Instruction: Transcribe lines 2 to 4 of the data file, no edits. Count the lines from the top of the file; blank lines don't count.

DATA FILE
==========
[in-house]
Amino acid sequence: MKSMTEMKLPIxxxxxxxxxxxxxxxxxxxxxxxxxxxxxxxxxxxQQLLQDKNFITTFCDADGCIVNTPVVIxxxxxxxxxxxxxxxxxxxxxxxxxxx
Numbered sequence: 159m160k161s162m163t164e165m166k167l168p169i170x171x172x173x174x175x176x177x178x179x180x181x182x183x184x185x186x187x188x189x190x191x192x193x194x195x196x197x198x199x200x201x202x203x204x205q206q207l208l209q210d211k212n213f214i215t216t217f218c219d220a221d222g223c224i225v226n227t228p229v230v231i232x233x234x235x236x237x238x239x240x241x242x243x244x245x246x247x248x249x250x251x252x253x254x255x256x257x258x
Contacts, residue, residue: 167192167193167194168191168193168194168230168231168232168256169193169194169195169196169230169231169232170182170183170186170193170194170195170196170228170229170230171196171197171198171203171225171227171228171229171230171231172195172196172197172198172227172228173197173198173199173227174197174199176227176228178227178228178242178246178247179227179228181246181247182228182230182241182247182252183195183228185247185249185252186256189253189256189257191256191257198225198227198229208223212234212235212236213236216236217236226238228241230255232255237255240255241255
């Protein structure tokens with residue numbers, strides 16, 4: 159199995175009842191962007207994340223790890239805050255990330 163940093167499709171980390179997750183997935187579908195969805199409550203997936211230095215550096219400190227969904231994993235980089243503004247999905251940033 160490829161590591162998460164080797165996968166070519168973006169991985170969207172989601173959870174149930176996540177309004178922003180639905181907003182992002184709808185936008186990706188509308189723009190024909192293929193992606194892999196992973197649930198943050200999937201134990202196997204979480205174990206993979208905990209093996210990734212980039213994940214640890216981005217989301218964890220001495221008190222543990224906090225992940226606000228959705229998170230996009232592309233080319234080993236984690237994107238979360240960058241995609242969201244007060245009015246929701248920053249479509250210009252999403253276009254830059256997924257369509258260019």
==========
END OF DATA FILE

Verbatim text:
Amino acid sequence: MKSMTEMKLPIxxxxxxxxxxxxxxxxxxxxxxxxxxxxxxxxxxxQQLLQDKNFITTFCDADGCIVNTPVVIxxxxxxxxxxxxxxxxxxxxxxxxxxx
Numbered sequence: 159m160k161s162m163t164e165m166k167l168p169i170x171x172x173x174x175x176x177x178x179x180x181x182x183x184x185x186x187x188x189x190x191x192x193x194x195x196x197x198x199x200x201x202x203x204x205q206q207l208l209q210d211k212n213f214i215t216t217f218c219d220a221d222g223c224i225v226n227t228p229v230v231i232x233x234x235x236x237x238x239x240x241x242x243x244x245x246x247x248x249x250x251x252x253x254x255x256x257x258x
Contacts, residue, residue: 167192167193167194168191168193168194168230168231168232168256169193169194169195169196169230169231169232170182170183170186170193170194170195170196170228170229170230171196171197171198171203171225171227171228171229171230171231172195172196172197172198172227172228173197173198173199173227174197174199176227176228178227178228178242178246178247179227179228181246181247182228182230182241182247182252183195183228185247185249185252186256189253189256189257191256191257198225198227198229208223212234212235212236213236216236217236226238228241230255232255237255240255241255